Hua urged Japan to beef up its capability to deal with the disaster and provide relevant information to international society in a “timely, comprehensive and accurate” manner.
China has been warning its citizens and organizations to be cautious in visiting Fukushima since the disaster took place, and the suggestion is still valid, Hua said.
A devastating earthquake struck off Japan’s northeast coast in March 2011, triggering a tsunami that led to the reactor meltdown and radiation leak.
Gov’t opts not to disclose radiation test result of Japanese fishery goods
The government has rejected calls to disclose the results of radiation level checks conducted on fishery goods caught near Japan, a civic group said Wednesday.
The Ministry of Food and Drug Safety on Tuesday dismissed the information disclosure request filed by the Lawyers for a Democratic Society, the group said.
“As the information is related to a case pending at the World Trade Organization, (the disclosure) could lead to a leakage of our strategy to Japan,” the ministry was quoted by the group as saying.
The lawyers association, however, countered that the reason provided by the authorities was groundless since the government has to submit its findings to the WTO and Japan anyways.
Tokyo filed a formal complaint with the World Trade Organization against Seoul’s import ban of its fishery goods.
South Korea has banned imports of all fishery products from eight Japanese prefectures, including Fukushima, where the 2011 earthquake and tsunami caused the meltdown of a nuclear reactor, marking the worst nuclear accident since the Chernobyl disaster.
The import ban was imposed in September 2013 after reports that massive amounts of radioactive materials and contaminated water from the Fukushima reactor were being dumped in waters surrounding Japan. This caused serious safety concerns here, that not only affected Japanese imports but the local fishery sector as a whole. (Yonhap)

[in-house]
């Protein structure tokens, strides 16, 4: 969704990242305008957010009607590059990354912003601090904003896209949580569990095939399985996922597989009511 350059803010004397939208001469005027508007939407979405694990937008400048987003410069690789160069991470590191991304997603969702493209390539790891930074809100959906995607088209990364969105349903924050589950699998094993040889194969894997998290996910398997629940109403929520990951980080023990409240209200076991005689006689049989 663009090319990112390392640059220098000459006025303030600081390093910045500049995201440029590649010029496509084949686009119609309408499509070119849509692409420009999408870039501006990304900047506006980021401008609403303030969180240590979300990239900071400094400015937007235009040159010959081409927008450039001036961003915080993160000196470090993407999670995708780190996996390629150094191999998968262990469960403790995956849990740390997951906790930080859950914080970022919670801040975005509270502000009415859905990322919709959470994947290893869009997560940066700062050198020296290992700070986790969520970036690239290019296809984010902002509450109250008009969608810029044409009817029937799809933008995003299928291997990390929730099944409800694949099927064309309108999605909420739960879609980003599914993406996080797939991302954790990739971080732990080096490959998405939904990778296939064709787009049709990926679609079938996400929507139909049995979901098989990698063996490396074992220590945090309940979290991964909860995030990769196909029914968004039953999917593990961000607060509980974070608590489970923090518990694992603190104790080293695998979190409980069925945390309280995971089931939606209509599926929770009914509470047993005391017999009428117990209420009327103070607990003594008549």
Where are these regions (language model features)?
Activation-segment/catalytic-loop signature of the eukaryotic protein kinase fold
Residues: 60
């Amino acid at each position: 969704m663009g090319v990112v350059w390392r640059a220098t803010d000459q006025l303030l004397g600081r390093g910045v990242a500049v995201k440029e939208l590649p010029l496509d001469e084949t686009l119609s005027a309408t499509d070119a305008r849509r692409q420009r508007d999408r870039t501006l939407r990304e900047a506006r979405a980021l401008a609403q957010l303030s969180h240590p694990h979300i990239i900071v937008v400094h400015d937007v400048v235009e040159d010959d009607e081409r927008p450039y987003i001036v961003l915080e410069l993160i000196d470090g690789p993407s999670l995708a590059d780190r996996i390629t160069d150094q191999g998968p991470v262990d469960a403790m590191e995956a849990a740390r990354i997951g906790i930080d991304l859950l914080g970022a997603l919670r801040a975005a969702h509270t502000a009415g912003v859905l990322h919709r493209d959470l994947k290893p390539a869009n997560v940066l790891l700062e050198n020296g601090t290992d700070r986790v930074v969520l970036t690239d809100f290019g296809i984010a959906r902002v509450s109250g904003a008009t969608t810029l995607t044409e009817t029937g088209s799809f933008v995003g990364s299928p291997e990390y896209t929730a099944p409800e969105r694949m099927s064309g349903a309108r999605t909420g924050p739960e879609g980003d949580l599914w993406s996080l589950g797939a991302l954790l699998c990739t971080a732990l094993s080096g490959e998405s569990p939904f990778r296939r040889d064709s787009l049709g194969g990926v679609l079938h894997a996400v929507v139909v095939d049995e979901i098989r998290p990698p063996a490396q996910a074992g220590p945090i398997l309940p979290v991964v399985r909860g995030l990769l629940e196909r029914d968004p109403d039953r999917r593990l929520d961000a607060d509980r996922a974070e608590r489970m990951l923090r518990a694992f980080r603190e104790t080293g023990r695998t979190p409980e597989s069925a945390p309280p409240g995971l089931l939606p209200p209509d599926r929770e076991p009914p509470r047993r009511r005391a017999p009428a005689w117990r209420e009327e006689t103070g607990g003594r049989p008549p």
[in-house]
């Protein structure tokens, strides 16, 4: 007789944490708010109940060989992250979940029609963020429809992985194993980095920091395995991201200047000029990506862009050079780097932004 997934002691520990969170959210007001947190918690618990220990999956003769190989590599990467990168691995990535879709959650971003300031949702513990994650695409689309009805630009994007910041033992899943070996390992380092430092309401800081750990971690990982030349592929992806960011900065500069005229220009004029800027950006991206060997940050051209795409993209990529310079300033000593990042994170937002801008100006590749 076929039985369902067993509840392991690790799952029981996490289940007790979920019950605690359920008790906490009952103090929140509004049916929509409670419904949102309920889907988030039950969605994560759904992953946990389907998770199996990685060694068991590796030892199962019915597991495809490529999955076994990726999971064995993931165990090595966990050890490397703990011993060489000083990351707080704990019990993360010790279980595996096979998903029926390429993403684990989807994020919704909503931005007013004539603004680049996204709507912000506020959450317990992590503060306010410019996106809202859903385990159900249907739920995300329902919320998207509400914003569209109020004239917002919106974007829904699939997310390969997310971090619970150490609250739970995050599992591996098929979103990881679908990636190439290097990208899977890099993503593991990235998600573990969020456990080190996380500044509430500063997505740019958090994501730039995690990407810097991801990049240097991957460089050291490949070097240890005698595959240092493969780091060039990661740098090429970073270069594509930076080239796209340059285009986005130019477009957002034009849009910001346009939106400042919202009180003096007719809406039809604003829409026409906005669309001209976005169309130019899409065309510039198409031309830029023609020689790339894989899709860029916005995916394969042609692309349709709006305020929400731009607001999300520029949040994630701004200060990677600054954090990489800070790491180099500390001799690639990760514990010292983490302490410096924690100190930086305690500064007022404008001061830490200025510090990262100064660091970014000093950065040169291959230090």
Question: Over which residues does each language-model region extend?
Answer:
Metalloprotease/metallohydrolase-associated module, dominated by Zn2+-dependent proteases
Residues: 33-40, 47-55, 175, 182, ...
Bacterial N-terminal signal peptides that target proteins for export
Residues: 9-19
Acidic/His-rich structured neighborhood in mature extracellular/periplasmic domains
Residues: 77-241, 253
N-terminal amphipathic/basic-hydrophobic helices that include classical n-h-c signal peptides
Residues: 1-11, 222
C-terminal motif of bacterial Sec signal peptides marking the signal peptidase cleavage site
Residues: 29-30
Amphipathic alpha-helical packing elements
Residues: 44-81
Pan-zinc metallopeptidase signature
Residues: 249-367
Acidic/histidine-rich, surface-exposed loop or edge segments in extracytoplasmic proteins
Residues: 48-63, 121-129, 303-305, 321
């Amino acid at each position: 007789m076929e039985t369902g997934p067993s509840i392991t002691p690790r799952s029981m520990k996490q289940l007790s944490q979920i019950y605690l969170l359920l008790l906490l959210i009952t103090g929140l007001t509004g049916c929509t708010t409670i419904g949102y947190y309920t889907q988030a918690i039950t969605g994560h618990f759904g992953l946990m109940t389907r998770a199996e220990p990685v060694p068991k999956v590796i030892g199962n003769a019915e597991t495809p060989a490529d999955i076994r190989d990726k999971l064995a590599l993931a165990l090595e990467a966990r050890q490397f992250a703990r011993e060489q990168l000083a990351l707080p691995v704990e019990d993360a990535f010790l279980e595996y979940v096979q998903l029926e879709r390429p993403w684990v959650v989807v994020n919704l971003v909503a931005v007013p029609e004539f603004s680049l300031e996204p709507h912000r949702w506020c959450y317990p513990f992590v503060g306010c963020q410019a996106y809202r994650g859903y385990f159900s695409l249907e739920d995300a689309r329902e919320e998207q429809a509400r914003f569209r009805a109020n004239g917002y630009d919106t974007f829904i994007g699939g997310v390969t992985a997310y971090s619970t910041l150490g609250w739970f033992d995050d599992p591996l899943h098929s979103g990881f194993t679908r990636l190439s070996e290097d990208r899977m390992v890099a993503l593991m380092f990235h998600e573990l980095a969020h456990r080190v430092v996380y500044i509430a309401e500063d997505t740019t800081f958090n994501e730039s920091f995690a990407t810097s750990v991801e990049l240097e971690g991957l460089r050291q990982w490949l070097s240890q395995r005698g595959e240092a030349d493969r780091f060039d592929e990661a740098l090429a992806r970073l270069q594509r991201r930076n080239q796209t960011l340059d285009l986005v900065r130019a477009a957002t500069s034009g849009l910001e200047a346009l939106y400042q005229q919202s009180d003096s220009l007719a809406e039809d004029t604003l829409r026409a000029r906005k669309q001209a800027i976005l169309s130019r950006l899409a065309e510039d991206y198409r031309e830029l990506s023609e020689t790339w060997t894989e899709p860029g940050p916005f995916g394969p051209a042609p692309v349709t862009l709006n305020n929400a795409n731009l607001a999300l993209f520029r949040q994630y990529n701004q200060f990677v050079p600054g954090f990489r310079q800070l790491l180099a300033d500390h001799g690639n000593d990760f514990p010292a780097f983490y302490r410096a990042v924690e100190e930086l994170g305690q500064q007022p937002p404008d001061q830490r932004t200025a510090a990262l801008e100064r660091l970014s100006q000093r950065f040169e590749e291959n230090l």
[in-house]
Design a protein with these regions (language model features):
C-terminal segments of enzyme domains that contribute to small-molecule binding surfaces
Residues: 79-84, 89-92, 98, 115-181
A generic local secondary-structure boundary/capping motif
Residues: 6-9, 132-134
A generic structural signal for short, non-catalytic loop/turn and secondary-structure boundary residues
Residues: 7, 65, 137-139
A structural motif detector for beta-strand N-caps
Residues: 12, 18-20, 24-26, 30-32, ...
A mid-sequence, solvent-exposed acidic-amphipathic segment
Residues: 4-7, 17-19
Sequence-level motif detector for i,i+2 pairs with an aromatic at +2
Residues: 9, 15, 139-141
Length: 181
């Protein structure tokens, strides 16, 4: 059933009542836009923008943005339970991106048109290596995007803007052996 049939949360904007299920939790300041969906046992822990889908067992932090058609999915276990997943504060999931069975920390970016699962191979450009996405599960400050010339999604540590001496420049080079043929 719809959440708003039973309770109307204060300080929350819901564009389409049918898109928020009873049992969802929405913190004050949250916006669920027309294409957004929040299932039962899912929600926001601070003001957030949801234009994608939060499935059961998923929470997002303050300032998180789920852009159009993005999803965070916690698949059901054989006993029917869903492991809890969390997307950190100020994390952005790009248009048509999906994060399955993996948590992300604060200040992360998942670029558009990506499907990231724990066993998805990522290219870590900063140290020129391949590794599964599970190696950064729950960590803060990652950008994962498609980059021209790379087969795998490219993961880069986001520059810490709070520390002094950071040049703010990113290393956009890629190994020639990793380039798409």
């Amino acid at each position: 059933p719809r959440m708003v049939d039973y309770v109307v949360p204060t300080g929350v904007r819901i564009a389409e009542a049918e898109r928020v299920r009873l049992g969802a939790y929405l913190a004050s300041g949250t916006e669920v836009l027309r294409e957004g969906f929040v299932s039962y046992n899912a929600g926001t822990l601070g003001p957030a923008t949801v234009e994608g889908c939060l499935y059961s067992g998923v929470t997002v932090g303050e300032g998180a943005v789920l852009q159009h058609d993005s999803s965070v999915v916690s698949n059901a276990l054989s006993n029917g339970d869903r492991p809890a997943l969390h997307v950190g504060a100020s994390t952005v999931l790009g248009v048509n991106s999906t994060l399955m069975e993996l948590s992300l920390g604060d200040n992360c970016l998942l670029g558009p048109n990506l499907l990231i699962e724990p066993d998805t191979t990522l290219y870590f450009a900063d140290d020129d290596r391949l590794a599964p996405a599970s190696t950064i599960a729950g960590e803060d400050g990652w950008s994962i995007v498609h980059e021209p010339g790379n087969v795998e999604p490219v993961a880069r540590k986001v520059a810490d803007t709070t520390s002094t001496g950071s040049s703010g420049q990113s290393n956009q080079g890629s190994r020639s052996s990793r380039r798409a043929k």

S. Korea Will Not Share Fukushima Fish Tests
South Korea’s Ministry of Food and Drug Safety has rejected a petition from a civil society group to release the results of radiation testing on fish caught near Japan following the Fukushima Daiichi reactor meltdown.
In 2013, South Korea imposed a ban on the importation of fisheries products from eight Japanese prefectures near Fukushima. Tokyo objected, and petitioned the World Trade Organization for relief, claiming that the ban was unfair to Japanese exporters. The Ministry of Food and Drug Safety has already submitted the results of its testing to the WTO and to Japan as part of the dispute, and advocates claimed that it should be made public as well.
The ministry disagreed. “As the information is related to a case pending at the World Trade Organization (WTO), [it] could lead to a leakage of our strategy to Japan,” it said in a statement on Tuesday.
A study of radioactive cesium levels in fish off of Fukushima in 2011 by Pavel Povinec and Katsumi Hirose found that consuming 100 kg of the affected seafood per year (four times the Japanese annual average) would result in approximately the same radiation dose as the world average for background exposure – and roughly the same as the level of exposure from consuming the naturally occuring radioactive polonium in 100 kg of any other seafood.
“Radiation doses from ingestion of marine food are under control, and they will be negligible,” the authors concluded.
However, a study published in February by Hiroshi Okamuraa and Shiro Ikedab found that while radioactive cesium levels were overall quite low among most species in Japan, they were unequally distrubuted, with some much more likely to be contaminated than others, especially larger predators towards the top of the food chain. Additionally, effects are regional and vary between freshwater and marine species, the authors said: areas nearer and to the south of the reactor are more affected, and freshwater fish – notably whitespotted char and Japanese eel – are more likely to show higher levels of contamination.